The outcome of the Simplot dispute, however, was not the elimination of casual employment, but rather a union agreement to regulate casual and contract labour. The same numbers of casuals are still employed (and some have worked there for as long as five years). The only difference is that they are now hired directly by Simplot under an agreement with the union.
Workers First has no fundamental differences with the AMWU's national officials, led by Doug Cameron. Together with Mighell, Johnston is spearheading Campaign 2000—the AMWU's national strategy. According to Johnston and Mighell, Campaign 2000 will challenge the entire EBA system. EBAs, based on separate workplace contracts, were introduced by the Keating government in 1992 with the backing of the unions.
Johnston claims the AMWU's industry-wide or “pattern-bargaining” campaign will unite workers and deliver better conditions.
But what is the real agenda of Campaign 2000? According to a union discussion paper, entitled “Background to why the Victorian Metal Unions are pursuing Campaign 2000”: “Enterprise bargaining as it actually operates, is involving many costly and bitter disputes in numerous individual companies over the details of agreements.” The document lists 18 recent disputes over EBAs, including those at ACI, Citipower and Hoover. Most lasted several weeks and many involved lockouts.
The union document concluded: “All of these disputes over the negotiation of enterprise agreements create bitterness between workers and management in individual companies which could be reduced with an industry-wide approach to bargaining. Given these protracted enterprise level disputes over agreements it is little wonder that many employers including the major industrial manufacturer Email have now chosen to go down the path of pattern bargaining because it is simpler, more efficient and [a] less industrially costly option.”
In other words, industry-wide or pattern bargaining promises industrial peace for business. That is why dozens of leading employers are backing Campaign 2000. On June 22 the Financial Review reported that 30 employers had signed up to the MFTU's log of industry-wide claims and 100 were set to follow before June 30.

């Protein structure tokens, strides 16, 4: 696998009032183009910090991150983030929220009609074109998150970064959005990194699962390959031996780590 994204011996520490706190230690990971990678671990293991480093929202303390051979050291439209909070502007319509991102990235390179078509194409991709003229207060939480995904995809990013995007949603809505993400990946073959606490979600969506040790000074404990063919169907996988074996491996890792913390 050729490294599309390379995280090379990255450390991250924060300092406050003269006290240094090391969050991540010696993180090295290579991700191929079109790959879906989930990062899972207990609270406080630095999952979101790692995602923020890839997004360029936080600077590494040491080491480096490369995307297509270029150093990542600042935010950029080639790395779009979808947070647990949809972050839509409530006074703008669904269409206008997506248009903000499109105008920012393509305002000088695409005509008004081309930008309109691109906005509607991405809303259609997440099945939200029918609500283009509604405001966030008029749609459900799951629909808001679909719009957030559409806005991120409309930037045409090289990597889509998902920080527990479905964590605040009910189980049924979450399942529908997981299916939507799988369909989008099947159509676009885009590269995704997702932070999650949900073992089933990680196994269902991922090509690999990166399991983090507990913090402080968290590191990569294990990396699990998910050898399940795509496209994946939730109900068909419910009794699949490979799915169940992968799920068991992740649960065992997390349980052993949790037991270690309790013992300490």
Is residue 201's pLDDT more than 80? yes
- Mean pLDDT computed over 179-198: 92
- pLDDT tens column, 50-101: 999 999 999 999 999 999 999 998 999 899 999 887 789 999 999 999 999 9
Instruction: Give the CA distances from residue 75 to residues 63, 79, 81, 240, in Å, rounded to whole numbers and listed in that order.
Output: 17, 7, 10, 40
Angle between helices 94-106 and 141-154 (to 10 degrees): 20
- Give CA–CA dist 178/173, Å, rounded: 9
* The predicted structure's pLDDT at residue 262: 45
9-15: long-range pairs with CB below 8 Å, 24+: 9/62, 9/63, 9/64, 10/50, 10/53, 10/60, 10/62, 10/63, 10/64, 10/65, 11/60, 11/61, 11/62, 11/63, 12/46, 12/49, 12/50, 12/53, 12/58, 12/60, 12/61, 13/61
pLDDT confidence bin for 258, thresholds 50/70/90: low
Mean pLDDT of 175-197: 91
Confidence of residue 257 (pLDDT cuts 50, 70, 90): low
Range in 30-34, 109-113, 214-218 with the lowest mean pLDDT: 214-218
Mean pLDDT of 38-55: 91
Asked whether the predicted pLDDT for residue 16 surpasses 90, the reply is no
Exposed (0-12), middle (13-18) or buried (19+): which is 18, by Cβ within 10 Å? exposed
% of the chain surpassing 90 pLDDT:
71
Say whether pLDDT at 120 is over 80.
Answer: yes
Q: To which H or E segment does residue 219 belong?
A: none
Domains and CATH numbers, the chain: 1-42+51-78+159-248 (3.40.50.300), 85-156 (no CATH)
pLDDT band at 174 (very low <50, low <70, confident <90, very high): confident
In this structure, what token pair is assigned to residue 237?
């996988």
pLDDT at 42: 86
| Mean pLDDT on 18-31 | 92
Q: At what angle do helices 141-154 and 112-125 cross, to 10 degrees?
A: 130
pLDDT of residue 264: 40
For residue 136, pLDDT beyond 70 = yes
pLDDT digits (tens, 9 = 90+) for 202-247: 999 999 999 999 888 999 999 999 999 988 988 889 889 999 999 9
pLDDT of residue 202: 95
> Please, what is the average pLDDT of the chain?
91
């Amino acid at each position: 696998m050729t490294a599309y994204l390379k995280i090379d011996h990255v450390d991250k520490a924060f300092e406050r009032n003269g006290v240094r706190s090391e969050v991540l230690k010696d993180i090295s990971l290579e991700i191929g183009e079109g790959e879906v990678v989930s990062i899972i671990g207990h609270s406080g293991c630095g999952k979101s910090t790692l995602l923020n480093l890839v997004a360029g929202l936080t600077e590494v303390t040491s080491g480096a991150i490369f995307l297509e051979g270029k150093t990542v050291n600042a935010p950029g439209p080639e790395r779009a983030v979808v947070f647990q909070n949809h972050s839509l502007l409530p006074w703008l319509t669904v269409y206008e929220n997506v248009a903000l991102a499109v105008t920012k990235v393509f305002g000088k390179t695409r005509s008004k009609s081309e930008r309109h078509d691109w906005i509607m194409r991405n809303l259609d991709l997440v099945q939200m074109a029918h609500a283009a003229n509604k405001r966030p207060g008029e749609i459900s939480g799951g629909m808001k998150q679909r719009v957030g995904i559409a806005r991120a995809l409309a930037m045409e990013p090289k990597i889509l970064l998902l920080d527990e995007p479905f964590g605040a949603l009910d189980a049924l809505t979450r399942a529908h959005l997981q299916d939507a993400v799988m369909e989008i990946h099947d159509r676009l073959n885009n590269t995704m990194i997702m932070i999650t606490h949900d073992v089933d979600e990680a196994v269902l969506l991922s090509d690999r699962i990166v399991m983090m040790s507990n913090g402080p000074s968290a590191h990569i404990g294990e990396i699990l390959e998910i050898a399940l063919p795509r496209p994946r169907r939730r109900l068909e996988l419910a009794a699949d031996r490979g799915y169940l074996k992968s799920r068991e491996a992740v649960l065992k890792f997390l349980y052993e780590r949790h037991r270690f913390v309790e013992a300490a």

In return for annual pay rises of 5.4 percent—barely covering inflation—the unions have effectively ditched earlier commitments to obtain a 35-hour week, merely requiring employers to discuss the issue over the next three years. The MFTU has also dumped earlier claims for the banning of forced redundancies and individual contracts.
Moreover, led by Workers First, the unions will ensure industrial peace. The Financial Review concluded: “If the unions can spread the deal to a significant proportion of the 1,000 Victorian manufacturing employers before July 1, they could eliminate major industrial disruption in Victoria.”
Behind the talk of union democracy and rank and file access, the program of Workers First is based on economic nationalism, protectionism and a corporatist partnership with national- and state-based employers. The AMWU's state branch calls for the protection of Australian manufacturing against “high import penetration” and for government intervention to boost regional competitiveness. Johnston proposes a Victorian Manufacturing Council, composed of companies, unions and government leaders.
An AMWU Victorian branch policy document, “Keep the Heart of the Victorian Economy Beating,” outlines Workers First's agenda for “workplace change and innovation”. The report, sponsored by the Superannuation Trust of Australia, extols the virtues of the Hawke Labor government's partnership with the employers during the 1980s: “The national industry plans of the 1980s, covering steel, heavy engineering, cars, pharmaceuticals and textiles, clothing and footwear, provided examples of limited but significant success in policy innovation and delivery... the challenge now is to build on this approach'.
The “success” of these plans, which boosted competitiveness and profitability for some major employers, was a disaster for workers. More than 12,000 jobs were destroyed under the Steel Plan alone. Labor's industry plans, which were part of the 13-year Prices and Incomes Accord between the unions and the government, demonstrated that there is no common interest between workers and their employers. The reality is a relentless attack on jobs, wages and conditions in the struggle for markets and investment.
The Workers First program would tie workers to the interests of definite sections of the national capitalists, assisting these employers to make further inroads into jobs, wages and conditions. It should be noted that the AMWU holds up Singapore and Ireland as examples of “successful regional economies”. The manufacturing and electronics sectors in those countries rest on Free Trade Zone-style exploitation of workers.
Workers First offers no way forward for working people. To defend their interests manufacturing workers require an alternative political program—a socialist program that will champion their independent class interests against the profit requirements of capital. Instead, Johnston, Mighell and their supporters in the radical groups are attempting to create a safety valve to contain the emerging struggles of workers within the very trade union and Labor organisations that have been responsible for the far-reaching attack on jobs and conditions over the past two decades.